IIM-C team suggests setting up Flipkart, Amazon virtual stores at Kolkata metro stations
A team of three IIM-C students, Alan Shaji Idicula, Urjaswit Lal and Tushar Kumar, came up with the unique idea of installing wall-length billboards on the walls of the metro stations designed to look like a series of supermarket shelves and tying up with e-commerce majors like Flipkart or Amazon to start the virtual store.
India's oldest metro system may soon become a trend-setter by introducing the country's first virtual grocery stores. Bruised by widening losses, the Kolkata Metro Rail Corporation (KMRC) reportedly commissioned the Indian Institute of Management, Calcutta (IIM-C) to restructure its revenue model and look at ways to increase non-fare revenue.
Among the solutions put forward is a virtual grocery store that will allow commuters to scan and order products while waiting for their trains - to be home delivered later - without having to visit a supermarket.
According to Mint, a team of three IIM-C students, Alan Shaji Idicula, Urjaswit Lal and Tushar Kumar, came up with the unique idea of installing wall-length billboards on the walls of the metro stations designed to look like a series of supermarket shelves and tying up with e-commerce majors like Flipkart or Amazon to start the virtual store.
"The digital billboards will display product images along with the QR code. Passengers can scan the code to order daily-use products like groceries and FMCG items," Idicula told the daily. "The e-commerce company would have to tie up with local stores to deliver the products in a few hours." So the concept basically marries the two distinct models of traditional brick and mortar shops and e-commerce.
Of course, QR Code Virtual Stores have been making waves abroad for a while now. For instance, back in 2011, UK's retail giant Tesco opened its first virtual store in a Seoul subway station, which drove over 900,000 Homeplus app downloads in less than one year. The company saw its online sales zoom up 130% since the launch, and a year later, Tesco Homeplus announced it was extending the concept to 20 new locations across South Korea. In the past few years, virtual stores have popped up across the world, including the US, Europe and Australia.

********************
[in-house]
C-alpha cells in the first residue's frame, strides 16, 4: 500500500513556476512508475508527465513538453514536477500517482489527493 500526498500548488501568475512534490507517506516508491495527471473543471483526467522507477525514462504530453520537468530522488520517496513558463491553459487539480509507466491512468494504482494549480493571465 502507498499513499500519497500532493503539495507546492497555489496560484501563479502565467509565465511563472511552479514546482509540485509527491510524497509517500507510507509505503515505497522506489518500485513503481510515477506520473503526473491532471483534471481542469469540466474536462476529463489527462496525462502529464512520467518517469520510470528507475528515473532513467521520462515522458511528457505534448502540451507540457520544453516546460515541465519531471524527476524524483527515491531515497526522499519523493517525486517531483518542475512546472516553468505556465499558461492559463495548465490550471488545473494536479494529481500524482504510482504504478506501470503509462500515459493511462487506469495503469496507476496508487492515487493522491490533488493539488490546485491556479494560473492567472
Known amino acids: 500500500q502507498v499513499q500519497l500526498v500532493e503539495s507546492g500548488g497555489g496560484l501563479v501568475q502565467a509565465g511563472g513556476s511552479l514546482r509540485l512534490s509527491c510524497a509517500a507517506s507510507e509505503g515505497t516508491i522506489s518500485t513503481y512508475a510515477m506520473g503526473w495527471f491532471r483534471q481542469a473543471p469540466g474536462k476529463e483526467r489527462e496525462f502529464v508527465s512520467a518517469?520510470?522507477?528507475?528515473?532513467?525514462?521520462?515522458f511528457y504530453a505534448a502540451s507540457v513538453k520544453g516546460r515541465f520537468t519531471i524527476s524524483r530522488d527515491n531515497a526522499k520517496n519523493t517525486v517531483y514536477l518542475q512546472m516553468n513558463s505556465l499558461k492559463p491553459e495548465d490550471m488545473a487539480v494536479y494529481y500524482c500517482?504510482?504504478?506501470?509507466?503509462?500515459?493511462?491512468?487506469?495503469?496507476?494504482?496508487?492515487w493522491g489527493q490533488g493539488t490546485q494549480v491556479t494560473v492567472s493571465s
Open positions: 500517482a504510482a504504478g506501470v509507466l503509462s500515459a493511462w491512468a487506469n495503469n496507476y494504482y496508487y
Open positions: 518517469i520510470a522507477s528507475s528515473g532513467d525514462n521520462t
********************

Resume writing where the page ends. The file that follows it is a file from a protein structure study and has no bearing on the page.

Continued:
The daily added that Idicula's team was picked winner by KMRC among 20-odd teams of students that were studying different metro stations to find additional sources of revenue. The revenue model proposed by the trio also suggests leasing out unutilised space for commercial activities. The team calculated that around 68,478 sq ft of space is lying unutilised across Kolkata's 20 metro stations, which could be tapped to generate additional revenue of Rs 20 crore. In addition, KMRC could earn revenue through train wrap ads, hoardings and digital kiosks, and from paid Wi-Fi services inside Metro trains.
That is a windfall for a transportation system that spends around Rs 2.68 for every rupee earned. "We are trying to implement it. The idea is to increase our non-fare revenue so that there is no burden on passengers. We are trying to utilise our space in the best possible manner," KMRC spokesperson Indrani Banerjee told the daily, without divulging whether they have initiated talks with any e-commerce company.
Currently, 90% of KMRC's revenue is fare-based, which were last raised in 2013 after a gap of 12 years.